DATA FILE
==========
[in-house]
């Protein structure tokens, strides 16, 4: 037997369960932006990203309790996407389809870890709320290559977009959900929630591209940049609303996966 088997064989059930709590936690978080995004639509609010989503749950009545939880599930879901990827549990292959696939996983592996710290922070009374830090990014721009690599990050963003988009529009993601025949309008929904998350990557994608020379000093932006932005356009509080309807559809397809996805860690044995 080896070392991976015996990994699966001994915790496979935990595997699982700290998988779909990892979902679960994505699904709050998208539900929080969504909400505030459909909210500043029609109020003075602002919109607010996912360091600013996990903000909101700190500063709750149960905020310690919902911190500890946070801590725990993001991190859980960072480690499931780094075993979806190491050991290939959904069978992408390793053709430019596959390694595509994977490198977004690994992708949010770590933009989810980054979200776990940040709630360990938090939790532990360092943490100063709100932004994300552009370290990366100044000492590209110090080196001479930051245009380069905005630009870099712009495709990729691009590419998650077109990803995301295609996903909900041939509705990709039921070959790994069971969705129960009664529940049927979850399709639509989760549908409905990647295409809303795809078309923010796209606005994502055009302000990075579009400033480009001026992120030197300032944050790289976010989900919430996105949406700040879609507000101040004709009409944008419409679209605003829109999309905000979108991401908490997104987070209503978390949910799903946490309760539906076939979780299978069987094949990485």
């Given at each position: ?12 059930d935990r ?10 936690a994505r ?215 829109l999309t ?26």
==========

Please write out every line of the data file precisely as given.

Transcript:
[in-house]
């Protein structure tokens, strides 16, 4: 037997369960932006990203309790996407389809870890709320290559977009959900929630591209940049609303996966 088997064989059930709590936690978080995004639509609010989503749950009545939880599930879901990827549990292959696939996983592996710290922070009374830090990014721009690599990050963003988009529009993601025949309008929904998350990557994608020379000093932006932005356009509080309807559809397809996805860690044995 080896070392991976015996990994699966001994915790496979935990595997699982700290998988779909990892979902679960994505699904709050998208539900929080969504909400505030459909909210500043029609109020003075602002919109607010996912360091600013996990903000909101700190500063709750149960905020310690919902911190500890946070801590725990993001991190859980960072480690499931780094075993979806190491050991290939959904069978992408390793053709430019596959390694595509994977490198977004690994992708949010770590933009989810980054979200776990940040709630360990938090939790532990360092943490100063709100932004994300552009370290990366100044000492590209110090080196001479930051245009380069905005630009870099712009495709990729691009590419998650077109990803995301295609996903909900041939509705990709039921070959790994069971969705129960009664529940049927979850399709639509989760549908409905990647295409809303795809078309923010796209606005994502055009302000990075579009400033480009001026992120030197300032944050790289976010989900919430996105949406700040879609507000101040004709009409944008419409679209605003829109999309905000979108991401908490997104987070209503978390949910799903946490309760539906076939979780299978069987094949990485």
């Given at each position: ?12 059930d935990r ?10 936690a994505r ?215 829109l999309t ?26």